those in use at Omaha. The reports of
special committees were then received as fol
lows : In relation to the charges preferred
against Councilman Loescher , Chairman
Smith reported : u We , your committee of the
whole , to whom was referred the investigat
ing of the charges preferred against Council
man Loeschor for receiving money for his
influence in the election held in this city
granting n franchise to certain street rail
ways , do llml , from Ills own admissions and
other evidence , that in our opinion ho la
guilty of the charges as preferred , and do
hereby enter our most emphatic protest
against and denounce his action and cen
sure him in our most severe terms. "
Chairman Glasgow reported on the charges
of a similar nature preferred against Council
man Burke. "We , your committee of' the
whole , to whom was referred the charges
preferred against Councilman Burke for ro
ceivlng monies for the purpose of influencing
his vote at the election held in this city July
83. ISS7 , do llnd that the evidence does not
fully sustain the charges. " A motion to re-
ndvertiso for the city printing was then car
ried , and after n general conversation on the
welfare of the city , the meeting adjourned ,
the members leaving in a happier frame of
mind than usual. '
Arrested For Throwing Ills Family
Into the Street. .
Carl Faltenadt , recently in the employ of
Motz , the brewer , has lately been in the
habit of coming homo drunk nnd most out
rageously abusing his family. Monday night
he came homo in his usual beastly state of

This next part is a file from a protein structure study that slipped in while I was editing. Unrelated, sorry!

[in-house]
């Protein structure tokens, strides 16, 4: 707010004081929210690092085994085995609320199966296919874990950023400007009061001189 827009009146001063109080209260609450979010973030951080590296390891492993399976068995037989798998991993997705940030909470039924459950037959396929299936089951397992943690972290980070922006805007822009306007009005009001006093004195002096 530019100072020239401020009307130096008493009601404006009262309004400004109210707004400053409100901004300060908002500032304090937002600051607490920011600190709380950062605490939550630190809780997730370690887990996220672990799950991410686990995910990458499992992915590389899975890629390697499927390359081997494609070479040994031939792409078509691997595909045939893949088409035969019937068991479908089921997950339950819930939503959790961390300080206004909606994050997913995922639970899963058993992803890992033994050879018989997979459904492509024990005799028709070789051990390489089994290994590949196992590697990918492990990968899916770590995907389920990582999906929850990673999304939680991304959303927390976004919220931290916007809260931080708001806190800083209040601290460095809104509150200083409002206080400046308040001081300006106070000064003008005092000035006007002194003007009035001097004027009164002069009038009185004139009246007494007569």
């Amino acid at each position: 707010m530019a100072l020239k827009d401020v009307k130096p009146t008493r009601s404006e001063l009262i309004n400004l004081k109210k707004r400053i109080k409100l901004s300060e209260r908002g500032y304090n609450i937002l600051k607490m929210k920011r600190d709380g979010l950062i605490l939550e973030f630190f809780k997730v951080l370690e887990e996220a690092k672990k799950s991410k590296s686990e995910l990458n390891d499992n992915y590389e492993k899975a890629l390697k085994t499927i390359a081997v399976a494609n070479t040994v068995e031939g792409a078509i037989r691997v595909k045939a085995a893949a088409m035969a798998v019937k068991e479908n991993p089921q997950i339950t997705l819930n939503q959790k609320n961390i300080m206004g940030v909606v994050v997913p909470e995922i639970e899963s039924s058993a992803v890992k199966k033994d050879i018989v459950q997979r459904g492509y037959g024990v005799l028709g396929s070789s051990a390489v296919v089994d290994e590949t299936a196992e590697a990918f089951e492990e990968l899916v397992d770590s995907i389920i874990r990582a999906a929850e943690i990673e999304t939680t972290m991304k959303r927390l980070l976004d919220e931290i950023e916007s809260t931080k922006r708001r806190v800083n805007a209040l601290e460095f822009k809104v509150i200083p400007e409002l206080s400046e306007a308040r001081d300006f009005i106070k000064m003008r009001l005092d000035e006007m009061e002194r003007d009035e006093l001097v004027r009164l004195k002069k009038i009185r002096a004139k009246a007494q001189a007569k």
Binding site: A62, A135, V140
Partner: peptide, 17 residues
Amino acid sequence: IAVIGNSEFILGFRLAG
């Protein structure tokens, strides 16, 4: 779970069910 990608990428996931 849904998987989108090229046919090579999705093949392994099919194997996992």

Intoxication nnd turned his wife nnd three or
four little children , all scantily clad , into the
street. They had to seek refuge with Bomo
kind hearted neighbors named Hamilton.
Last night Foltcuadt came home drunk again
and attempted to carry out the programme of
the night before. Ho drove his family again
out of doors , but John Hamilton took the
matter in hund and telephoned for the police.
Officers Hlnchcy and Dempsey promptly re
sponded. On reaching the house the officers
found the little' children nnd their mother
standing shivering in the cold while the bru
tal father , inside the houso. made the night
hideous with his curses. On attempting to
go Into tbo hoUsd the policemen found that
Foltnnadt was braced against the door , and it
was only after considerable difficulty that
they succec'dod in getting inside. They found
Foltenadt almost'nude , having nothing but a
shirt on. They ordered him to dress himself
nnd go with them. Ho refused to do so , and
while Hinchey stood him on his head , Denip-
soy forced u pair of trousers on him. Throw
ing a coat on him they tumbled him Into the
patrol wagon and hustled him off to the cen
tral station. His family were thus allowed
to pass the nlglit in peace und quiet under
their own roof.
A Bad Fall.
Dr. MilUr , sr. , aged eighty-eight , father of
Dr. George L. Miller , slipiied and fell on the
crossing of Dodge and Sixteenth streets
nbout 4 : ! 10 yesterday afternoon und for a
while was thought to bo fatally injured. Ho
was carried into Leslie's drug store , where
no was given proper medical attention , but
ho lay in a sort of stupor for a coupla of
hours. At the end of this tlmo ho was suf
ficiently recovered to bo taken homo In a car
riage. At latest accounts ho was gradually
recovering from the shock received and no
serious results are _ anticipated.
Porn iml Paragraphs.
E. A. Benson has returned from Daven
Louis Helmrod , after his recent illness , is
able to again attend to business.
Internal Revenue Collections.
Yesterday's internal revenue collections
amounted to { 11,017.18.
Autito rhouimUism Vs an inflammation
of .tho joints , pain/hvnt and
IneMi Willi thcso nymploins 'apply
Salvation Oil. the groat' pal n euro , nt
onco. Price 12-5 cents a bottle.
Nothing trios the patience of ! x